Raising childen, forget the tricks, enjoy the T.R.I.C.K.
June 17, 2021
I’ve been investigating the field and have applied JTBD to my own work for almost 20 years. About 5 years ago I started giving a workshop on the topic as well. So for me, the book is actually a culmination of a long-time study of the field. In other words, I’ve kinda been writing the book for a while, or at least thinking about how I’d explain JTBD.
Of course, you also have to actually compose an extended argument over 250 pages and go through the book publishing process. I did that now because I thought I had a unique perspective and enough experience explaining the field that I wanted to capture in writing. JTBD is also a hot topic right now, so I was also trying to seize the moment.
In some sense, the book is the sum of my mistakes with JTBD over the years. I struggled to understand the concepts and put them into use initially. So when I read the book now, I see A LOT of myself in there. Many of the imperatives throughout the book–“do this” and “don’t do that”–reflect my own experience.
But in the end, I came to realize that JTBD is a perspective or a way of seeing, as I like to say. Here’s a good quote that sums up that realization (from page 7-8):
“Overall, JTBD is not a single method: it’s a lens, a way of seeing. JTBD lets you step back from your business and understand the objectives of the people you serve. To innovate, don’t ask customers about their preferences, but instead understand their underlying intent.”
There are several trends emerging that give me hope.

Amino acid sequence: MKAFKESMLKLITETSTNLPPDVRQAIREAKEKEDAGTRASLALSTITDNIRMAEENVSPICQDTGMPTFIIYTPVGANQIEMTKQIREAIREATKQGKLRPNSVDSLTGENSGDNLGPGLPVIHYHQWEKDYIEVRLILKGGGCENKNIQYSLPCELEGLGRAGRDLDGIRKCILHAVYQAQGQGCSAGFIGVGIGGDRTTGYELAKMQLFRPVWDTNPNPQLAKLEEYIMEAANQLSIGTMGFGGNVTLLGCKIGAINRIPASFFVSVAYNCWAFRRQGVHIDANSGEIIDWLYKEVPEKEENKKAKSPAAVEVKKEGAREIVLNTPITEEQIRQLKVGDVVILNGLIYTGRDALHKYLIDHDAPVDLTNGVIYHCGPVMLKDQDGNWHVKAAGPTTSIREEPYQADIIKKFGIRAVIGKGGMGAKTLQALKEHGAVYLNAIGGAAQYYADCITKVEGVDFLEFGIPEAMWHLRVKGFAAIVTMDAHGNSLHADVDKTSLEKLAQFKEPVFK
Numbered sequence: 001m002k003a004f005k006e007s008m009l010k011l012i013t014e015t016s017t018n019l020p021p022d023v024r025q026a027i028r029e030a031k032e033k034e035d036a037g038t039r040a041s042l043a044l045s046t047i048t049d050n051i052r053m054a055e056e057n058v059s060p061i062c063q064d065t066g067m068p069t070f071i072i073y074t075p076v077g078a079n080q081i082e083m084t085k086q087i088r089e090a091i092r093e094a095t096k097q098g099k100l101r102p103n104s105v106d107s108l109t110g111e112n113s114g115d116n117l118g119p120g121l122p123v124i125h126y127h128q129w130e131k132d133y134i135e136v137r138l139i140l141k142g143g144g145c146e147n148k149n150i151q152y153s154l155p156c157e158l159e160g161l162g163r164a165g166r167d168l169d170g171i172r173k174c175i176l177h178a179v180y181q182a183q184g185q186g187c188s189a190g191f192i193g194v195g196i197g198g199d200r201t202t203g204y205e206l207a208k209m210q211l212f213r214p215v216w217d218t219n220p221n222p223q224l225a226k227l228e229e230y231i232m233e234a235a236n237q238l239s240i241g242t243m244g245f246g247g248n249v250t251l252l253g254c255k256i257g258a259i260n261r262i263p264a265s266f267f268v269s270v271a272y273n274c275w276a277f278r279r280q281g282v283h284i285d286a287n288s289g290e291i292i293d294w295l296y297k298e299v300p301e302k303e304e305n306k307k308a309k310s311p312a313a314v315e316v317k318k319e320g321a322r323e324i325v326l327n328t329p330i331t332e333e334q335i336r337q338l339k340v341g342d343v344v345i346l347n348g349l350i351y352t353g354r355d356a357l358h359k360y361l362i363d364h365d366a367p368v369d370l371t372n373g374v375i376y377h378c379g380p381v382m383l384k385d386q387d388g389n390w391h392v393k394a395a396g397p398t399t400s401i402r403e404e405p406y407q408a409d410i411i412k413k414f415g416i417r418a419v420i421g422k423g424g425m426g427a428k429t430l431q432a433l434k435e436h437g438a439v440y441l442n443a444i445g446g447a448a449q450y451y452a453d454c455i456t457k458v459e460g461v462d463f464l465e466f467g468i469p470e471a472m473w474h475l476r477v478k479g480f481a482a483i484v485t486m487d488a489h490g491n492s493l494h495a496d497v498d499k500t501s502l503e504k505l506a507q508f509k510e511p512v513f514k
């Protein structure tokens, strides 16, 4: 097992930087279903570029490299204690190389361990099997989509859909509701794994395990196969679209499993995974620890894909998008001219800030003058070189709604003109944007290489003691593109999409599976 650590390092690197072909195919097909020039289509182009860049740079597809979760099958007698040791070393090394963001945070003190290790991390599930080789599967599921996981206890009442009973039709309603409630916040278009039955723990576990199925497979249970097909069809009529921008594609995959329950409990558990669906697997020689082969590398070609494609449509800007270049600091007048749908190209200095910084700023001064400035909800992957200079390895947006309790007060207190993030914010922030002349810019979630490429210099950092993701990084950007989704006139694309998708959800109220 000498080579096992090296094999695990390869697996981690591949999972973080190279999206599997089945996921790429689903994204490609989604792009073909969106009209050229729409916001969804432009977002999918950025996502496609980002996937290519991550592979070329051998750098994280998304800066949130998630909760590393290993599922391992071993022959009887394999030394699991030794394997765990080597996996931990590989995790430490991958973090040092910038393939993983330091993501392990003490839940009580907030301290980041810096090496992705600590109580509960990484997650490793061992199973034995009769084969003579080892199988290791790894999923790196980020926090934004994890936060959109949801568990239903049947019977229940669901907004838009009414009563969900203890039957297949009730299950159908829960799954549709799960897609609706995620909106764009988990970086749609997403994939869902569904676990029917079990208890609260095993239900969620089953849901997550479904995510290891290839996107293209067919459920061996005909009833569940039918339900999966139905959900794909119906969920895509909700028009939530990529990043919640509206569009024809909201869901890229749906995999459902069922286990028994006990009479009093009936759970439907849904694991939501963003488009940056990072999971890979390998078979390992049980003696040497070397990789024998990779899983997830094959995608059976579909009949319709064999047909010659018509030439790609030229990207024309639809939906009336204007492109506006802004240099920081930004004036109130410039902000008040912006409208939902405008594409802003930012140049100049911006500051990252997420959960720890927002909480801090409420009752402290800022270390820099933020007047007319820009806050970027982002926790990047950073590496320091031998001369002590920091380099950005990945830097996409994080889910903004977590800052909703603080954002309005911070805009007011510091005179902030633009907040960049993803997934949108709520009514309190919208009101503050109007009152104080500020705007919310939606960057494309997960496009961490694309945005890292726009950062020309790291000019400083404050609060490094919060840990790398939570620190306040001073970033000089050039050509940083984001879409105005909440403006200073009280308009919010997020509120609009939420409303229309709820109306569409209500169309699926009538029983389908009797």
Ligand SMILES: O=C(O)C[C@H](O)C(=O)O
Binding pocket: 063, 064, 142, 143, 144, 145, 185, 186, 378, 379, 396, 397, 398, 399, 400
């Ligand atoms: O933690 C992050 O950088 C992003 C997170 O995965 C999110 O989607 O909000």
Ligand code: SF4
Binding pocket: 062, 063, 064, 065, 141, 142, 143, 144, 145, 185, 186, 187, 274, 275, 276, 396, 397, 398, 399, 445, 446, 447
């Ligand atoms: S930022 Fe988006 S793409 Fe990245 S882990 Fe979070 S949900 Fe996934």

First of all, organizations are truly realizing that it’s not about them, not about their products or solutions. Instead, it’s about what people can accomplish with them. This requires a new mindset that JTBD can help instill.
But also, it can’t just be a few people in an organization that adopt this mindset. It’s not enough to have an innovation team that goes out and listens to market needs in a new way or a design team that practices user-centered design. No, the whole organization needs to be thinking in a more human-centric way–from sales and marketing to product development to customer support and beyond. Since my book came out, I’ve been in contact with more about marketing teams and product teams looking to find new ways of working through JTBD. And that’s encouraging.
I think it would be to do more qualitative research, e.g., interviews and observations. Businesses love to use quantitative data to make decisions, but that is often modeled in a way that doesn’t reflect reality. You really have to understand the difference between reliable data (repeatable, consistent) versus valid data (real-world insights). Businesses are missing a lot of opportunities by resting their cases on only half of the opportunities out there. And it’s not hard to do, it just takes commitment–a commitment many organizations simply overlook.
There’s a consistent substrate running through The JTBD Playbook: engage your teams in conversations about the objectives and outcomes people want. JTBD is ultimately a way to have specific, focused conversations around human needs. JTBD is just the catalyst for those conversations. In order to do that, you need teamwork and good facilitation. So in 2021, I’ll be looking even closer into how to have the right dialogues as a company and how to have a shared sense-making of the fast-paced environments businesses operate in today as a group.
Thank you Jim
Many thanks Bertrand
The book : The Jobs To Be Done Playbook, Jim Kalbach, Two Waves Books, 2020.